PITTSBURGH (KDKA) -- Kristi Woolsey has two sons, and she is concerned about their future.
Specifically, as it relates to spending money.
"I want to raise my kids to be financially responsible," Woolsey said.
A co-worker told Kristi about "BusyKid," a modern-day method that pays kids for doing chores.
It's a free app designed and created by a certified financial planner.
"They do those chores, mark them off. We keep track of that," says app designer Gregg Murset. "Then literally on a Thursday, you're going to get a message that says, 'Hey, tomorrow's Friday. It's payday. This is what the kids have earned. Do you want to approve the payroll, yes or no?'"
In two years, Woolsey's two boys learned quickly.
"If I want something, I have to earn it. I have to go get it," Woolsey said.
Murset says that is the first valuable lesson of BusyKid.
"I call that OPM -- other people's money. When kids spend OPM, they don't really care. But when they spend their own, they care a lot," Murset said.
Woolsey's older son, Miles, can earn up to $15 per week by doing his assigned chores around the family's Pittsburgh home.
He also gets paid money for brushing his teeth every night and walking the family's two dogs.
The app appeals to kids because they embrace new technology quickly.
It also takes advantage of the idea that money and finances are largely digital these days.
Gone are the days of paying the weekly allowance with dollar bills and spare change.
Murset says you would never say, "Here's a pig, and we're going to put bills in it and coins in it. Like what? No, Nobody does that anymore. If they do, they should maybe rethink it because that's not the real way that money works anymore. It is numbers on the little screen."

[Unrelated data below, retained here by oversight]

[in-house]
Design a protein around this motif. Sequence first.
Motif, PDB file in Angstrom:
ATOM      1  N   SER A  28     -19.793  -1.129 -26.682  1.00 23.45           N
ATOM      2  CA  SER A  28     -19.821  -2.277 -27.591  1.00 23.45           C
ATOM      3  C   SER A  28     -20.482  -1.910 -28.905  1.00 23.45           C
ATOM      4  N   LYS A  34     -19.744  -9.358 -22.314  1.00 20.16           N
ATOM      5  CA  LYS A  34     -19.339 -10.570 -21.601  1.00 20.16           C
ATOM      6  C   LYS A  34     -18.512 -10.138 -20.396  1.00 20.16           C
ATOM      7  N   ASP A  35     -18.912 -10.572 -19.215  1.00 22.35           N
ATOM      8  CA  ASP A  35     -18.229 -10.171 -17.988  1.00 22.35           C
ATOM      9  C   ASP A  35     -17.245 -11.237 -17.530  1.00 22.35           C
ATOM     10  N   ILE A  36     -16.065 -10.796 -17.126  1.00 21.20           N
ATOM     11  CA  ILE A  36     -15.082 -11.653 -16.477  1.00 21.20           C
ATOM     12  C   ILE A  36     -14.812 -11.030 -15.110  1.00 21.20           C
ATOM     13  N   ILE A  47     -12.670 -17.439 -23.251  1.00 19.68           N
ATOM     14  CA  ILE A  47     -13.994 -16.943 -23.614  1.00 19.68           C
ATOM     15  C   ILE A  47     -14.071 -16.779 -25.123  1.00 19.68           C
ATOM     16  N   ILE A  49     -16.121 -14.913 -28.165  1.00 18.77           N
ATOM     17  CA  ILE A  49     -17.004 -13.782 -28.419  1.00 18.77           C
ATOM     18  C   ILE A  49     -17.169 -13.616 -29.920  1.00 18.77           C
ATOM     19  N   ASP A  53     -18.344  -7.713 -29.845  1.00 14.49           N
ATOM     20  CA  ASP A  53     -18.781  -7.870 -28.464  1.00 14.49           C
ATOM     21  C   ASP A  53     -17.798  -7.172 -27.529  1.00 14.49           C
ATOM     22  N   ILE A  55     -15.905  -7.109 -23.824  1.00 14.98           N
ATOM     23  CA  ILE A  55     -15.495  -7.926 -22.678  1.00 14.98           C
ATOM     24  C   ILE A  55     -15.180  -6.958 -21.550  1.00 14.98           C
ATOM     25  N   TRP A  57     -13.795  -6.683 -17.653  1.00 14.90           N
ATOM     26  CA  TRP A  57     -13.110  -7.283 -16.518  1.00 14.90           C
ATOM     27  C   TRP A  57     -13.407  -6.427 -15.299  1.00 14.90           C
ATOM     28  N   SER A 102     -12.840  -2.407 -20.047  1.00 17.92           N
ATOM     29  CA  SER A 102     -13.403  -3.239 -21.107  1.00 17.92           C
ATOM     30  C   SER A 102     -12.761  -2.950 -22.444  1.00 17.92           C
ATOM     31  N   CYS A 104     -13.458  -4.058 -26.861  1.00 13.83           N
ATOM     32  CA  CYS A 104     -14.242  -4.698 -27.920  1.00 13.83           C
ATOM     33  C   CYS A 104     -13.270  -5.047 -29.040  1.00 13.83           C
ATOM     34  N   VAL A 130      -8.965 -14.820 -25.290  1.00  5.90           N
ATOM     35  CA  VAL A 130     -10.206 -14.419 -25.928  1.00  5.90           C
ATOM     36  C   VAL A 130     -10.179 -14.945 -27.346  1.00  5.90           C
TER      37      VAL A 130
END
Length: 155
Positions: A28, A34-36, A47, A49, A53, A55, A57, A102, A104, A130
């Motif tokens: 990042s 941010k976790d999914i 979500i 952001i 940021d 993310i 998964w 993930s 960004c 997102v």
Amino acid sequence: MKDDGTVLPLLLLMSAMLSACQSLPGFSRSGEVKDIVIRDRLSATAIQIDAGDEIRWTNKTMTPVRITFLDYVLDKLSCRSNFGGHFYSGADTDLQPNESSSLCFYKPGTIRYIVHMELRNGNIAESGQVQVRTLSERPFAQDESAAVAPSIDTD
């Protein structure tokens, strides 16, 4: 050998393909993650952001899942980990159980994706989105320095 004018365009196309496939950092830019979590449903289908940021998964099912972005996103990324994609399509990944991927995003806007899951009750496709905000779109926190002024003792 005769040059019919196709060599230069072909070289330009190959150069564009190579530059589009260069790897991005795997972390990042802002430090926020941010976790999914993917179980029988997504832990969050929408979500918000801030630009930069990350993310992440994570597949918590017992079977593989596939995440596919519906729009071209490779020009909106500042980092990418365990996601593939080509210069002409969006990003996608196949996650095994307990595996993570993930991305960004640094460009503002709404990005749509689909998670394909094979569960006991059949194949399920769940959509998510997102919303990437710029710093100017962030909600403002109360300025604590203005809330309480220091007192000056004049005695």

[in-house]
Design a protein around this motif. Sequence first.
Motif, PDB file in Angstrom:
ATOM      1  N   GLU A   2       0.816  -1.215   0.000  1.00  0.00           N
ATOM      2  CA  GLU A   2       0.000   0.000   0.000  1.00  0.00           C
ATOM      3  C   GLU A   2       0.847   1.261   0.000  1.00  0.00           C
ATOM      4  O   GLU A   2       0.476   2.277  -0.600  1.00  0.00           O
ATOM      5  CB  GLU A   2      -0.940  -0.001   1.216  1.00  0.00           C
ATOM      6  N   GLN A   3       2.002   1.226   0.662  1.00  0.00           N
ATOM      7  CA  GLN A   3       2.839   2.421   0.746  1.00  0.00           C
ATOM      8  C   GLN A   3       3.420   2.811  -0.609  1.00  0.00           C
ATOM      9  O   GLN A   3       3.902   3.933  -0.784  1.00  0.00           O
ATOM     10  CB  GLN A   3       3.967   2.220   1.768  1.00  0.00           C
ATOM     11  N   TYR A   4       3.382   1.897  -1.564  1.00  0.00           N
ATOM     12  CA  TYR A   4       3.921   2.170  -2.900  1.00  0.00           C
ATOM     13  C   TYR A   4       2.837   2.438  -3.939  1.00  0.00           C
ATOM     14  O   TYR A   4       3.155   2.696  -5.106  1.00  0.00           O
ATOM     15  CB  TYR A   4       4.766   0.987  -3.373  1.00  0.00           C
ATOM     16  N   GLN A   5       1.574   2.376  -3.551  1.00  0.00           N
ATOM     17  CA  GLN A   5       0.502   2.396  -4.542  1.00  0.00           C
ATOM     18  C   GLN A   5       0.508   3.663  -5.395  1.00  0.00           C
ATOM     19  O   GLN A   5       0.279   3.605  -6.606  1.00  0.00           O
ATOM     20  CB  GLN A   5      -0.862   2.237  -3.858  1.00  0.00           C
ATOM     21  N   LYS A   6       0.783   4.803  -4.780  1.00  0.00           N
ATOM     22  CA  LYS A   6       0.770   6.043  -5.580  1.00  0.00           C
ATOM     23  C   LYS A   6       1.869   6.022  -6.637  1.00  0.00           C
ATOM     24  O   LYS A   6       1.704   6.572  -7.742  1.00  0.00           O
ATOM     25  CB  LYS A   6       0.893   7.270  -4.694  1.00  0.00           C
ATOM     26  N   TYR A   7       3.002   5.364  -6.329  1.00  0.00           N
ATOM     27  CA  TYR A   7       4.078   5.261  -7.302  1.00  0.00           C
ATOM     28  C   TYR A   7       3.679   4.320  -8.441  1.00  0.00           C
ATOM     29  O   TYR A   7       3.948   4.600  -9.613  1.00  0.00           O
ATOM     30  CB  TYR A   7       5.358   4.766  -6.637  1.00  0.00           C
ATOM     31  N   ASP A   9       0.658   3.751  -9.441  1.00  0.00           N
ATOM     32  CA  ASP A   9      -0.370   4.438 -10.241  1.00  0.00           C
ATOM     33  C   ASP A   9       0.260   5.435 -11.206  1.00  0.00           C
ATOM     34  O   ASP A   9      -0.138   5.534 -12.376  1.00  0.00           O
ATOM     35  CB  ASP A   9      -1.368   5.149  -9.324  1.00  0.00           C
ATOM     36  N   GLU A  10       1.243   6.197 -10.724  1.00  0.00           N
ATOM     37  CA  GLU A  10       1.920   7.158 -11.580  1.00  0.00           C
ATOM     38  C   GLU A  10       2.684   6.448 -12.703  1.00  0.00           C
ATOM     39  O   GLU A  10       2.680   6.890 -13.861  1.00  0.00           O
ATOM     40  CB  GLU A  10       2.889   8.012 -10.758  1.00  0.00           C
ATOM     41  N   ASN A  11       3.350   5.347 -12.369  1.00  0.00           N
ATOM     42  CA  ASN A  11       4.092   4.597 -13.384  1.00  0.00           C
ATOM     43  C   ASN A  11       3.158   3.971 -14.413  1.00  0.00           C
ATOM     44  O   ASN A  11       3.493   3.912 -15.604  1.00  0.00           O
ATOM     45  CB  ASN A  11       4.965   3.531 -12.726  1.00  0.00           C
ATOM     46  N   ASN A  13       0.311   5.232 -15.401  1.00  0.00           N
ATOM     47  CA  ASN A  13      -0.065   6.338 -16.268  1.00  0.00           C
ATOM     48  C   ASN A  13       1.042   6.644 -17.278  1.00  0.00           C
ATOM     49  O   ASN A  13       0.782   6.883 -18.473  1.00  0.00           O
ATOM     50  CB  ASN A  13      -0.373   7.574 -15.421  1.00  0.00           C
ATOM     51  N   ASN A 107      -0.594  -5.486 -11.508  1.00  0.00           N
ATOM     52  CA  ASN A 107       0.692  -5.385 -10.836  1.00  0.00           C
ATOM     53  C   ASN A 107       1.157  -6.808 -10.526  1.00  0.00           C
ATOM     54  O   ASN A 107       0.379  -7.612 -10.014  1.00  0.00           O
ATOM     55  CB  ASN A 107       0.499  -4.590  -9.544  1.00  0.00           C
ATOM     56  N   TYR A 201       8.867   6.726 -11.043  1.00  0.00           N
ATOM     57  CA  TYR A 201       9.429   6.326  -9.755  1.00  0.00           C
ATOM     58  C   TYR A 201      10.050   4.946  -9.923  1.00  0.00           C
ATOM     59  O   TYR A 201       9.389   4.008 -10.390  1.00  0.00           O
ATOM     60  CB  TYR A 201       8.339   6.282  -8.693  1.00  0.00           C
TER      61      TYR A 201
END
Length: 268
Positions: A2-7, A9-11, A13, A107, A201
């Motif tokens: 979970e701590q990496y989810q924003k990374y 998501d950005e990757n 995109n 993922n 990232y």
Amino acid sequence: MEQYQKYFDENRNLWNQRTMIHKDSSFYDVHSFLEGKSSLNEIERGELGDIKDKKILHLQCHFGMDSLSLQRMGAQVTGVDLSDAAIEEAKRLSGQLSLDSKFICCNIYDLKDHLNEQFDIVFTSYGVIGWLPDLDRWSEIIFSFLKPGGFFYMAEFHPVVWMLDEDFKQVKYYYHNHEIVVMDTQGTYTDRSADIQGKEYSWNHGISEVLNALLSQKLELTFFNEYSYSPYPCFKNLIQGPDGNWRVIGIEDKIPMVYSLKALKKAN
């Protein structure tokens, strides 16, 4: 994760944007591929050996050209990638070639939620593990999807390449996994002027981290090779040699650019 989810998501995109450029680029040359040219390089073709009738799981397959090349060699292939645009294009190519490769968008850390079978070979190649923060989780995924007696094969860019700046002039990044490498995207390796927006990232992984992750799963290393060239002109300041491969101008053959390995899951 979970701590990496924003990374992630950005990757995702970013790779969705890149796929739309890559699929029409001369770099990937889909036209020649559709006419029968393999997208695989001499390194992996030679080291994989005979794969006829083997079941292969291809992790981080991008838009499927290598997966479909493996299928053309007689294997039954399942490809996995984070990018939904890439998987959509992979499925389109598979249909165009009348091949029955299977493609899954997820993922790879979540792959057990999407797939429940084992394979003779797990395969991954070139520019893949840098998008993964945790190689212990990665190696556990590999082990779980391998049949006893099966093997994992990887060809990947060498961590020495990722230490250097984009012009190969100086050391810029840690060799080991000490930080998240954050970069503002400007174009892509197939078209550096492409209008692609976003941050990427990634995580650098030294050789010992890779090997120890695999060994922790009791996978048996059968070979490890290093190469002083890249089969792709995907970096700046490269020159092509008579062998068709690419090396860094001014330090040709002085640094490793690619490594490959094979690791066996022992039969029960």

On pay day, money from Kristi's checking account is transferred to her son's BusyKid debit card. It also is split into three categories: to give, save and spend.
Parents and kids decide how much of their money they want to designate into each of those three categories.
Kids have the opportunity to buy fractional shares of stock in real companies – companies they know like Tesla, McDonald's, Nike and Netflix. They also can choose where they want to donate some of their money.
BusyKid has been around for a while. Woolsey has used it for the last two years.
However, in April, Murset says 47,000 people signed up.
"Nobody's going to school. They're all at home, like, Holy smokes, what are we doing? We need a little structure," Murset said.
For Murset, it is critical kids understand how to earn money, how to save, how to invest and how to give to the charities of their choice.
He says it sets them up for lifelong financial success.
"They are going to make better decisions. And if you look at that out into the future, boy, you really changing the game for these kids," Murset said.
If you choose to provide a "BusyKid" debit card, there is a $7.99 per child per year fee for the card, but that is the only fee you will pay.
BusyKid is available for Android and Apple devices and can be downloaded for free.
for more features.